Bailey White on Fertility & Feminism

Posted: June 6, 2013 in Past issues

appeared in Wolverette #4:

On Fertility and Feminism

 by Bailey White


Last month, I had my first real period in five years.

Cramps, irritation, bloating – the whole bit. I felt like a teenager on the cusp of puberty. After all, it wasn’t long after puberty that I started taking the birth control pill.

Periods were on non-issue on the pill. They were regulated, down to the hour, and easy to manage. When I ran out of pills last month, I neglected to go see a doctor[1].

For the first time in five years, I didn’t know when to expect my period. When it came, I was at school, and I was unprepared.

I never had to use a tampon dispenser before – maybe if I had I would have known that they are seldom refilled. I scurried building to building, looking for one that was stocked. But it’s a small campus, and to my chagrin, there were no tampons to be had.

It wasn’t five minutes before my political science class that I blew past the instructor. He was heading to the class, and I still searching the ladies’ rooms.

He said with a smile, “Bailey, you’re going the wrong way,” and for a second, I considered grabbing him by the shoulders, shaking him and shouting, “I need a tampon!”

That’d teach him to assume I didn’t have a good reason for my frantic demeanor. Instead I said something like, “Be right back,” and kept walking.

Eventually, I ran into a classmate who put me out of my misery, and all was well again. But it was around this time that I began to think about my fertility and my body.

I’ve read articles about coming off the pill, and reclaiming “womanhood” (that is, one’s menstrual cycle). The implication is that the pill is a man-made (and the emphasis tends to be on “man”) apparatus by which we stifle what it is that makes us female.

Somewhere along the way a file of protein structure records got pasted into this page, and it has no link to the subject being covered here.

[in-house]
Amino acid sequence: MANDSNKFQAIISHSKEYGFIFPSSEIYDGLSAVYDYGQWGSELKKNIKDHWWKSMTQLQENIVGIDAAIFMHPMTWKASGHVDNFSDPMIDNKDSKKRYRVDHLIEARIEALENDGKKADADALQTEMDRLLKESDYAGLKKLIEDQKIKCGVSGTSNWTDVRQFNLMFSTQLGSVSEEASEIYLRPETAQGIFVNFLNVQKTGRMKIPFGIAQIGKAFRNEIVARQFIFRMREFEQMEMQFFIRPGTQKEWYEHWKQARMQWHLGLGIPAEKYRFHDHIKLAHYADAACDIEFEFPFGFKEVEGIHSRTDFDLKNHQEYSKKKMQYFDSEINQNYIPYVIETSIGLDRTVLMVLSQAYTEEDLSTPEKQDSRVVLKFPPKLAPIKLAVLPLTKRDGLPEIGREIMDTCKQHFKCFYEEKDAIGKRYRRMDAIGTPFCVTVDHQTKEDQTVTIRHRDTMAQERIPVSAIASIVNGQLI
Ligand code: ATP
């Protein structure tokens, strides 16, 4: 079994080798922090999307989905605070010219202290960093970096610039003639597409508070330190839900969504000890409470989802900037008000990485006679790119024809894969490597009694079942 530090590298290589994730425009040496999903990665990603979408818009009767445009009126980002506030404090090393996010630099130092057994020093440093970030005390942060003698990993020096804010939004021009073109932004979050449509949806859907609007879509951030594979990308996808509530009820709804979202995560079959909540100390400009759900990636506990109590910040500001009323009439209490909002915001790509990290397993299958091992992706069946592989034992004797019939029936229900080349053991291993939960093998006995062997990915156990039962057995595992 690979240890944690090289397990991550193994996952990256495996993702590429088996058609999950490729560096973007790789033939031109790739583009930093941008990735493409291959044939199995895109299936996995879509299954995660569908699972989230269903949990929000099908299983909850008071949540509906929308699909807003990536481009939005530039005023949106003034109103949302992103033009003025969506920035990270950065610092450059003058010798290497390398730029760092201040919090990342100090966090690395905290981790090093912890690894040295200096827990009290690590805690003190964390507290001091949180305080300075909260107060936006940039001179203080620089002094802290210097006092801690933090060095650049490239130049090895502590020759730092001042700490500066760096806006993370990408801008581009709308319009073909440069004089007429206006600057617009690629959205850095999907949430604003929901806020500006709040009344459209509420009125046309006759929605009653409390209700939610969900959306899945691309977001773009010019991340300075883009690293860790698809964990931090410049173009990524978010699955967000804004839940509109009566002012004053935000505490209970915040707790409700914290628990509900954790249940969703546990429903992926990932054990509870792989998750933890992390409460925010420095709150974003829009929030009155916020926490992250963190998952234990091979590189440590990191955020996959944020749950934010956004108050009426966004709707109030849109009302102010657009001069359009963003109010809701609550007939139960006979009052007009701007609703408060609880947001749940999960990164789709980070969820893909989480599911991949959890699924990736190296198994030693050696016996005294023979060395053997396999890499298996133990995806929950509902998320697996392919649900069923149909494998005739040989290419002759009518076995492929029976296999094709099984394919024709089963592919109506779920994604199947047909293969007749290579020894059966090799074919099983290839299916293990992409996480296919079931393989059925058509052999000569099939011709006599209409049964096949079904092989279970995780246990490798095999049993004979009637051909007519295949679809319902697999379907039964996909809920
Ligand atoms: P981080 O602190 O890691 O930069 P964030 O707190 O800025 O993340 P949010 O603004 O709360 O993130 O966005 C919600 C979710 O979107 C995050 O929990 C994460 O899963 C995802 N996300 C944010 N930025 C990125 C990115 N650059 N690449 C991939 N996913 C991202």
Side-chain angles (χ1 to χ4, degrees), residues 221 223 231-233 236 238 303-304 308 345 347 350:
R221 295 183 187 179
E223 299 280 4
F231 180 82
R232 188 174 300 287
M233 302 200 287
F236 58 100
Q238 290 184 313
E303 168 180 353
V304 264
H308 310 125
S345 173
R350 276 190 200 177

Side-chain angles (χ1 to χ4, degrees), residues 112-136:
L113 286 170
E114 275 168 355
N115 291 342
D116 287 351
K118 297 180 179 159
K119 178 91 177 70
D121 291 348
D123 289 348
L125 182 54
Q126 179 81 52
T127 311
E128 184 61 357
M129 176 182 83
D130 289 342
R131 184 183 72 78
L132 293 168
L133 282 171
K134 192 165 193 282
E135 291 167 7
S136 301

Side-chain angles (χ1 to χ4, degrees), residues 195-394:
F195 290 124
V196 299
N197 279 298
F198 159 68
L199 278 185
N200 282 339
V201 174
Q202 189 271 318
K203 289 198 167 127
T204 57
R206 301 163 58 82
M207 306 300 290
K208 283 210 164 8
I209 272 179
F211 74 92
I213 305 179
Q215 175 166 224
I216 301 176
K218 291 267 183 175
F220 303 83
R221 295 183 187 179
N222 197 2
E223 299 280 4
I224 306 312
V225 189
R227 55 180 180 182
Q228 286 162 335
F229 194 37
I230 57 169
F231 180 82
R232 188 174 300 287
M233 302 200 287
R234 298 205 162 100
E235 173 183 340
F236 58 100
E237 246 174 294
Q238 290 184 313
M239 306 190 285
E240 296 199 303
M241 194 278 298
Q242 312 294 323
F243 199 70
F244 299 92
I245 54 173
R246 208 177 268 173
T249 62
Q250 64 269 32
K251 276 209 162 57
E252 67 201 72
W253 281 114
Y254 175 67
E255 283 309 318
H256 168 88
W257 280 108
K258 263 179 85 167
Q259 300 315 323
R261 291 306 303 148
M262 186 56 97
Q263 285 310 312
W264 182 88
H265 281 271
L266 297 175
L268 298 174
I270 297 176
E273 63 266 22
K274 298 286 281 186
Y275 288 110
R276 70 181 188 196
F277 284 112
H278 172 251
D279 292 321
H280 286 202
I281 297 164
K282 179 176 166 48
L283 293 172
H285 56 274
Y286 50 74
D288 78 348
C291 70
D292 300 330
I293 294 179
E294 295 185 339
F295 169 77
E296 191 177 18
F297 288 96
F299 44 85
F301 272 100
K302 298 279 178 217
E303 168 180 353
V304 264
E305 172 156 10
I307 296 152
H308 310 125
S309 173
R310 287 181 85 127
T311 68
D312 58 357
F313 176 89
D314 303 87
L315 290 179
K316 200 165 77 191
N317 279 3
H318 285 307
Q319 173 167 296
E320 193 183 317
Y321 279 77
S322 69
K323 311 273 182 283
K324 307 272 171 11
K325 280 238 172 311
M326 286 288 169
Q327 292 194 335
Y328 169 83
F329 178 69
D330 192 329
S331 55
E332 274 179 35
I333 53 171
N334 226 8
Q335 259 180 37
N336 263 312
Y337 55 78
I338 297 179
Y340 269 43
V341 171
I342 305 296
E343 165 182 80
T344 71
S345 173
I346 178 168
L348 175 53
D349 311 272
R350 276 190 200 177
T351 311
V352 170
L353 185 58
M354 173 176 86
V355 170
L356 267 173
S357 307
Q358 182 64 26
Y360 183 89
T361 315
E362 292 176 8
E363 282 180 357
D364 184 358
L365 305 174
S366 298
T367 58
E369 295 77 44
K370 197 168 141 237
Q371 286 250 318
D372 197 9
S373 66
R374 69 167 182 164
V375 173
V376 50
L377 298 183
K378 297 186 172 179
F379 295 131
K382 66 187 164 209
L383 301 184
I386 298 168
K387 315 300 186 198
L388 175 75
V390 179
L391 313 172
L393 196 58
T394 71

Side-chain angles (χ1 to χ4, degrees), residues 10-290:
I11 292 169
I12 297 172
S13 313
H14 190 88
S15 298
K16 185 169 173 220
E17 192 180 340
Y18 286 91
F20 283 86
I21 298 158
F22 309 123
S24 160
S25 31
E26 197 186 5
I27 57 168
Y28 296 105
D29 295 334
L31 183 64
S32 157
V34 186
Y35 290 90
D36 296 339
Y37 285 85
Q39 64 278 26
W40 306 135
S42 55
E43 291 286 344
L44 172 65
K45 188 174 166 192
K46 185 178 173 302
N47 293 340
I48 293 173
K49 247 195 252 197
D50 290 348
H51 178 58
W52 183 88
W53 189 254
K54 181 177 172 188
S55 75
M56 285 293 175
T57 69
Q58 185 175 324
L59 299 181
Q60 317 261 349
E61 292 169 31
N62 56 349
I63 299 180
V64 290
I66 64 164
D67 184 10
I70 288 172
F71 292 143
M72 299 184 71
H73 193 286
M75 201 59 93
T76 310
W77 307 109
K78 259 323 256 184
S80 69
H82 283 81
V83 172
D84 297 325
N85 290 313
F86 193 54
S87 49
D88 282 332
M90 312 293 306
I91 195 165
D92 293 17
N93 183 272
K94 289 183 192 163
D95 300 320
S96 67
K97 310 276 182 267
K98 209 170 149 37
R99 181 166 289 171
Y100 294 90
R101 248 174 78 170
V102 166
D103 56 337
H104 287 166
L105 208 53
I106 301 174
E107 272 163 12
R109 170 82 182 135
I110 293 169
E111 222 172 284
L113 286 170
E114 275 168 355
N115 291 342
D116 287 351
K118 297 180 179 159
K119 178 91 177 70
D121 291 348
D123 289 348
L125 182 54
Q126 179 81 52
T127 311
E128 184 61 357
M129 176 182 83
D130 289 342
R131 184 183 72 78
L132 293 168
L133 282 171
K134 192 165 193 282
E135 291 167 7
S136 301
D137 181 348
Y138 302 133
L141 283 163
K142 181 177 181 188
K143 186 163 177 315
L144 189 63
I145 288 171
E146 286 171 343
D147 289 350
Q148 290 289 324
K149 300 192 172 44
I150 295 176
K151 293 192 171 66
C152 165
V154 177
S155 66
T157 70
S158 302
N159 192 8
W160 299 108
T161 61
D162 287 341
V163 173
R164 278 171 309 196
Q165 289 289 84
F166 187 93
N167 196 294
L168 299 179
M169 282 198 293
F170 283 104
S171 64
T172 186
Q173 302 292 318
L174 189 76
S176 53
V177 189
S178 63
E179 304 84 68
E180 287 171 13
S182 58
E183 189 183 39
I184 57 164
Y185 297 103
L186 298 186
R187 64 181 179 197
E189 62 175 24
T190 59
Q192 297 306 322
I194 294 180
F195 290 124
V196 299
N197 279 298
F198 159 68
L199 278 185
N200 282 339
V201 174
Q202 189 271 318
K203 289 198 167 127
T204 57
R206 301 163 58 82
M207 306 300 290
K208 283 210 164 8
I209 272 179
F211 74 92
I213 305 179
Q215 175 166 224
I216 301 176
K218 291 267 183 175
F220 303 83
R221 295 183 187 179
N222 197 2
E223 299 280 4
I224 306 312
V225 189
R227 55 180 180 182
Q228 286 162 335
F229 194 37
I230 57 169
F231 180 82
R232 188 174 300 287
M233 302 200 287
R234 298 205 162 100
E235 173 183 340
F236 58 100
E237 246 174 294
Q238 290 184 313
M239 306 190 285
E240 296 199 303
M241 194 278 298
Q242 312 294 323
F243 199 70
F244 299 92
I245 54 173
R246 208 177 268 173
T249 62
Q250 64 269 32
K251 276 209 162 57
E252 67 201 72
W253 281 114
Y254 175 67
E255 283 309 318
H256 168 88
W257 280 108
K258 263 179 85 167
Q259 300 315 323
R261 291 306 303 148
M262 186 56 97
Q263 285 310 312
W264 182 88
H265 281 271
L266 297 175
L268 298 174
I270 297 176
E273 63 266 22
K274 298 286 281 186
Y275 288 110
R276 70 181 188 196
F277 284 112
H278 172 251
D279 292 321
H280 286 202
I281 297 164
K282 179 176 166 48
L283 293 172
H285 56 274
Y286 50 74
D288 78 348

The idea is that we should not fix what is not broken, and should not medicate that which is not a disease. Many people will say the same about anti-depressants stifling the human condition. Incidentally, one often finds a substantial number of pot-smokers and drinkers among those who argue this point[2].

I’ve also read articles about young women getting tubal ligations, only to be met with condescending doctors who assert that women simply can’t make such a weighty decision while still young – they may change their minds. After all, women do have an obligation to give birth.

If I haven’t made it clear already, allow me to do so right now: I did not enjoy that period. During it, I found myself contemplating sterilization, or at least, some more permanent form of birth control, like an implant or IUD.

I am a feminist, and that’s not something I hesitate to say. But is feminism not about defying the social norms that dictate what a woman’s role should be? I fear that feminism has developed its own set of norms – of rules by which we must abide to truly identify ourselves as feminists.

And if feminism means that I need to embrace my period, renounce birth control and revel in my heavy flow, than I don’t know if I can call myself that. But, if feminism is indeed intended to level the playing field for all people, however the choose to administrate their bodies and all its functions, then that is something I can adhere to. Lately, I’m just not sure which it is.

[1] Admittedly, I have no good reason for this, my self-imposed busy schedule and a general dislike for the campus clinic are the excuses that I cite, but if I really needed to, I would have gone.

[2]  That is not to suggest that the argument is completely invalid, but rather, in my experience, it is often underdeveloped.


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